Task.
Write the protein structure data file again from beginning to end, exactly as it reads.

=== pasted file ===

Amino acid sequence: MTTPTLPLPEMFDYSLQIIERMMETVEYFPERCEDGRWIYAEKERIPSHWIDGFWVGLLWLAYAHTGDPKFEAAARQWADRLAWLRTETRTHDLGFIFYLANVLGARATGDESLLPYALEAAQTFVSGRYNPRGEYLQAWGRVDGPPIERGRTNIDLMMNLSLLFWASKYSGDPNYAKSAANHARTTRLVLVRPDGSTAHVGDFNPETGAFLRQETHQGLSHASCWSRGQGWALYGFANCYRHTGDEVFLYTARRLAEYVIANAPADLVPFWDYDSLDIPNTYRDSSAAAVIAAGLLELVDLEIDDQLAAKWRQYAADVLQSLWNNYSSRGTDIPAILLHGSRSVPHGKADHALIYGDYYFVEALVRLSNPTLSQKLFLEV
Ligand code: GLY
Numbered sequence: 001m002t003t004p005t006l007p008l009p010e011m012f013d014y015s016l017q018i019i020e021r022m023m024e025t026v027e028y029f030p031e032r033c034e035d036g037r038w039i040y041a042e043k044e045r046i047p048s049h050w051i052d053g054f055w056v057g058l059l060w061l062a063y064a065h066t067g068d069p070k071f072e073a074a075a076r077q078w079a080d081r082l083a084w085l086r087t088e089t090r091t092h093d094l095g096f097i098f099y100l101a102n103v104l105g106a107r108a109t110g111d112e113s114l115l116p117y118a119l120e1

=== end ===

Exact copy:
Amino acid sequence: MTTPTLPLPEMFDYSLQIIERMMETVEYFPERCEDGRWIYAEKERIPSHWIDGFWVGLLWLAYAHTGDPKFEAAARQWADRLAWLRTETRTHDLGFIFYLANVLGARATGDESLLPYALEAAQTFVSGRYNPRGEYLQAWGRVDGPPIERGRTNIDLMMNLSLLFWASKYSGDPNYAKSAANHARTTRLVLVRPDGSTAHVGDFNPETGAFLRQETHQGLSHASCWSRGQGWALYGFANCYRHTGDEVFLYTARRLAEYVIANAPADLVPFWDYDSLDIPNTYRDSSAAAVIAAGLLELVDLEIDDQLAAKWRQYAADVLQSLWNNYSSRGTDIPAILLHGSRSVPHGKADHALIYGDYYFVEALVRLSNPTLSQKLFLEV
Ligand code: GLY
Numbered sequence: 001m002t003t004p005t006l007p008l009p010e011m012f013d014y015s016l017q018i019i020e021r022m023m024e025t026v027e028y029f030p031e032r033c034e035d036g037r038w039i040y041a042e043k044e045r046i047p048s049h050w051i052d053g054f055w056v057g058l059l060w061l062a063y064a065h066t067g068d069p070k071f072e073a074a075a076r077q078w079a080d081r082l083a084w085l086r087t088e089t090r091t092h093d094l095g096f097i098f099y100l101a102n103v104l105g106a107r108a109t110g111d112e113s114l115l116p117y118a119l120e1